Sometimes advertising is fun. I turned off my ad-blocker for certain web pages, and while I usually get boring advertising, once in a while you get a good and interesting looking one.
Here the 3 challenges I had and solved via Node.js (just because I can). No solutions here in this post. Maybe some spoilers.
First one. Simple decoding a number written in binary ASCII and simple processing the decoded array. The lines are 40 bytes each (=320 zeros or ones). You could do this manually.
Second one. Counting how many times characters were used. The signal is 30k in size.
Third one took me longest (as it should). Some hints: The two-dimensional space is 128×128 large. If you print it out, you’ll see the start near the top left corner and the finish area is on the top right (multiple finish points end there).
Looks like a maze, though, so first attempt of a simple dead-end-elimination did not work well. What works is flood-fill. https://www.youtube.com/watch?v=Zwh-QNlsurI has a nice explanation for this.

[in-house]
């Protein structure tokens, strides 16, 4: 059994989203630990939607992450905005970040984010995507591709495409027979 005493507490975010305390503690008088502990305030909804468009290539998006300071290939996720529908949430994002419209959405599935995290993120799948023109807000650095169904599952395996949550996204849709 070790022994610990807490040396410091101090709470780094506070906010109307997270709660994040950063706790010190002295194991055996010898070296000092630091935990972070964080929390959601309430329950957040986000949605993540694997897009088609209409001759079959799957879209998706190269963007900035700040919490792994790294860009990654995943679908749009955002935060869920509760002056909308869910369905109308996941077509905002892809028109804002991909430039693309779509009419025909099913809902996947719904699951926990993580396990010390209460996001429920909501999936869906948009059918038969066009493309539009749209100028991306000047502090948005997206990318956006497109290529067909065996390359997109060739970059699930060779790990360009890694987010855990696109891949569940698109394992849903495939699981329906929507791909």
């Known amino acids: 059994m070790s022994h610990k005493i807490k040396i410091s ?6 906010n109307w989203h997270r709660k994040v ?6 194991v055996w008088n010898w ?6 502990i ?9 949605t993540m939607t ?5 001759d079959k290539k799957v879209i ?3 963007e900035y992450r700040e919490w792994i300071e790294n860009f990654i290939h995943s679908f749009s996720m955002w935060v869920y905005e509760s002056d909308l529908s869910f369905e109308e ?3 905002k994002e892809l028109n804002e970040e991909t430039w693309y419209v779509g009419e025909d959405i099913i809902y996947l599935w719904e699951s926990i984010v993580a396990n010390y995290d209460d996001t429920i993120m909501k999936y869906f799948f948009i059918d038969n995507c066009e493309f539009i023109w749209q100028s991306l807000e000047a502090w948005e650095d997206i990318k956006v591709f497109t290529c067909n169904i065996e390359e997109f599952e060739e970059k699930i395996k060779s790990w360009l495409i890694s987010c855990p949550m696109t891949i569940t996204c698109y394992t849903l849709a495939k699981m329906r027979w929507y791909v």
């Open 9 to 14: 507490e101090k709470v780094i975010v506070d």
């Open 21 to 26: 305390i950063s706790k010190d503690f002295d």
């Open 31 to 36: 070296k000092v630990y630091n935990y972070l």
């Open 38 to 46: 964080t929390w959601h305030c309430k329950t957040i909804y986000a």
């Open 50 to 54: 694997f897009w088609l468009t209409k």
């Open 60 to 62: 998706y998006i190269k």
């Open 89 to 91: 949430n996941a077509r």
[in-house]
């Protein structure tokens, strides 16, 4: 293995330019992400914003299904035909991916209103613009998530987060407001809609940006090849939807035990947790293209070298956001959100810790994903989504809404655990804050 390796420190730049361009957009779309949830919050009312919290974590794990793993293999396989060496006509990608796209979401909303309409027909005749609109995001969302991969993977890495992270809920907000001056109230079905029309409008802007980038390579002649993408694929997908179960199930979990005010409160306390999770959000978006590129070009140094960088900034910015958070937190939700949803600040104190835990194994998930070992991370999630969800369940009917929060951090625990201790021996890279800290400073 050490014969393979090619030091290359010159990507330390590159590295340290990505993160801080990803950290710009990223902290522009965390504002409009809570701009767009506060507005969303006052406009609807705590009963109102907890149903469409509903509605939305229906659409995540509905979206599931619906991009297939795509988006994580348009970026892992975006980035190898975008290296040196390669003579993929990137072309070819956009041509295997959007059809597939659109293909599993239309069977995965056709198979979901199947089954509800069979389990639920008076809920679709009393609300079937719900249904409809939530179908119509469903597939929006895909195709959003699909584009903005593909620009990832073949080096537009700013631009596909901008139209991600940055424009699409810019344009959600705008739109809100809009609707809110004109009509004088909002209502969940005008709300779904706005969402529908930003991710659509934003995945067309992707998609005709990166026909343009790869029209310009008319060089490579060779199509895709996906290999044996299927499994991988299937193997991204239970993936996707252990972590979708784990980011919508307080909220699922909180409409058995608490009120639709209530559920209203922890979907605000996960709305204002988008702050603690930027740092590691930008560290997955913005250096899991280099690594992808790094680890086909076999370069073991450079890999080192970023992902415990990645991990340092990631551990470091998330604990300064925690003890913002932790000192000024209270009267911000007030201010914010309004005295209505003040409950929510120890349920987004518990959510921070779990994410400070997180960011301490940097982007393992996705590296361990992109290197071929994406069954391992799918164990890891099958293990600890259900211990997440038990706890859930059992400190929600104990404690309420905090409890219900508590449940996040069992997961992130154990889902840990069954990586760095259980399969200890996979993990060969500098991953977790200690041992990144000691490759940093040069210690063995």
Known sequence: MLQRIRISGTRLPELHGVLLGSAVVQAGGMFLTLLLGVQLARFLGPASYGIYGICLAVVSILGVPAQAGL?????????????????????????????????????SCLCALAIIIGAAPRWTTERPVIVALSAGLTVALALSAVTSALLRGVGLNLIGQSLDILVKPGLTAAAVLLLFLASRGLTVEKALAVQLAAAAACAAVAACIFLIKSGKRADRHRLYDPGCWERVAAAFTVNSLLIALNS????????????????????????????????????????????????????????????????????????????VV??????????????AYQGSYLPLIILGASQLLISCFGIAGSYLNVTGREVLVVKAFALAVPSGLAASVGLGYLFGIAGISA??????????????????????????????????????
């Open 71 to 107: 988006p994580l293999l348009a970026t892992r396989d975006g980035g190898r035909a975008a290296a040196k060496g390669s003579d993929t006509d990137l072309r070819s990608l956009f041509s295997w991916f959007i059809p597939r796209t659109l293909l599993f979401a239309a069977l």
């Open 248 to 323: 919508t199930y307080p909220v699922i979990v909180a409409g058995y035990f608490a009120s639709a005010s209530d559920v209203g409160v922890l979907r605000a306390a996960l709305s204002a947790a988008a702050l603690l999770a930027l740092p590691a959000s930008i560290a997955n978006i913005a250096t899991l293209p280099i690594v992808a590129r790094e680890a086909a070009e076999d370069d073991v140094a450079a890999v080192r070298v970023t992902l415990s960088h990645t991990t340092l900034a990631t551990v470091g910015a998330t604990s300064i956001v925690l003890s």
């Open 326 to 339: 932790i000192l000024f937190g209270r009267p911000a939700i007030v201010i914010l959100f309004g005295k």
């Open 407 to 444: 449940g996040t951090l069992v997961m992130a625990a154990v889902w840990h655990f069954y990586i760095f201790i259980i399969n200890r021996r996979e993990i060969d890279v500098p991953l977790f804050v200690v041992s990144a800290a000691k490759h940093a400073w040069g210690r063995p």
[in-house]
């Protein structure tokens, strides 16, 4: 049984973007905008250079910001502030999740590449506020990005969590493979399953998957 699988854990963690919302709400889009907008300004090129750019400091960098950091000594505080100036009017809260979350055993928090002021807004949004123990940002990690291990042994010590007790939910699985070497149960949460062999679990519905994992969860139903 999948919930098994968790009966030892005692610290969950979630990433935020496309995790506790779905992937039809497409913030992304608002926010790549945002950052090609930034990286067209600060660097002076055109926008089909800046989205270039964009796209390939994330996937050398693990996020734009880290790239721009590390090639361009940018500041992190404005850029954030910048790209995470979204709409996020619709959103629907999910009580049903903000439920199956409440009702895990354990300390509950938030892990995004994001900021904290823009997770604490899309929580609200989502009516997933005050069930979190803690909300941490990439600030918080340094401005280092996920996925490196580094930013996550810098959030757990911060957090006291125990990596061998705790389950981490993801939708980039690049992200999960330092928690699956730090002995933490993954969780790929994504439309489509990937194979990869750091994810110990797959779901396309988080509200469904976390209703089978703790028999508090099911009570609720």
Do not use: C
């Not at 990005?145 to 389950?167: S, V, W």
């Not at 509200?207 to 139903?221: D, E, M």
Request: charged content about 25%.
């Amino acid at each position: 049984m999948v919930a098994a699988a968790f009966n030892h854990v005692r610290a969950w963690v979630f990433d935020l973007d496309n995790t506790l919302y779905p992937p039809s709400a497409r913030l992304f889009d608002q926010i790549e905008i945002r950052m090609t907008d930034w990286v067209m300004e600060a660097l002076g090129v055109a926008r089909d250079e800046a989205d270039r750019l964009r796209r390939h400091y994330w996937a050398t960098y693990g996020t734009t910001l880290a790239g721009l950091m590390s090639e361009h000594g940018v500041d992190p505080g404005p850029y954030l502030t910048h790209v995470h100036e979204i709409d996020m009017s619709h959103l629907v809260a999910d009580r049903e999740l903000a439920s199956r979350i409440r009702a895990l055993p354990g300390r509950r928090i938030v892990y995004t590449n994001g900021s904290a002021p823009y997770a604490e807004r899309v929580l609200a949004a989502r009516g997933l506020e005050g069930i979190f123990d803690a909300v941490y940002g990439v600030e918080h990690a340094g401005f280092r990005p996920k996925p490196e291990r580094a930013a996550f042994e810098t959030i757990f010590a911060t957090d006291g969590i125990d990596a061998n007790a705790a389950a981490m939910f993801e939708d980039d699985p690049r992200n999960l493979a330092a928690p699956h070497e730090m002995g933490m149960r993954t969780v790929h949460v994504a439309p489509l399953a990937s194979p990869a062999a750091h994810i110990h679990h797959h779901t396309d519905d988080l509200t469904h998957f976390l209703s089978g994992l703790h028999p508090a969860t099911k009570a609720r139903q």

Out of the 11 finishes, 4 worked. The distances were 1071, 1072, 1073 and 1074 steps. If you look at the displayed maze, you’ll immediately spot the 7 false finishes (and not only as I marked them in red). So make sure you flood-fill starting at the finish.
As for the run time for the last test: it’s only 0.8s on a Ryzen 5 Pro 3400GE. The code itself is 280 lines long with 110 lines being the input signal data.
Complexity is low enough to solve them yourself, even if you did not attend computer science classes. This is a great method to weed out those who claim to be able to program but in reality cannot. And it’s fun so that some people (like me) do this for…fun! I was also curious about the story after the first very simple challenge.
I was a bit disappointed about it ending after only 3 puzzles. Google has 5 challenges (or more, as I could not solve the 5th one), so I expected harder and harder puzzles, but for the purpose of screening potential employees, this is sufficient. Google certainly can set the bar higher as their skill requirements are higher too.
I liked that the implementation language was free to choose. Google’s Foobar is limited to Java or Python only. Java is not my thing and Python I don’t enjoy that much.
All in all, good fun for an idle day! Recommended.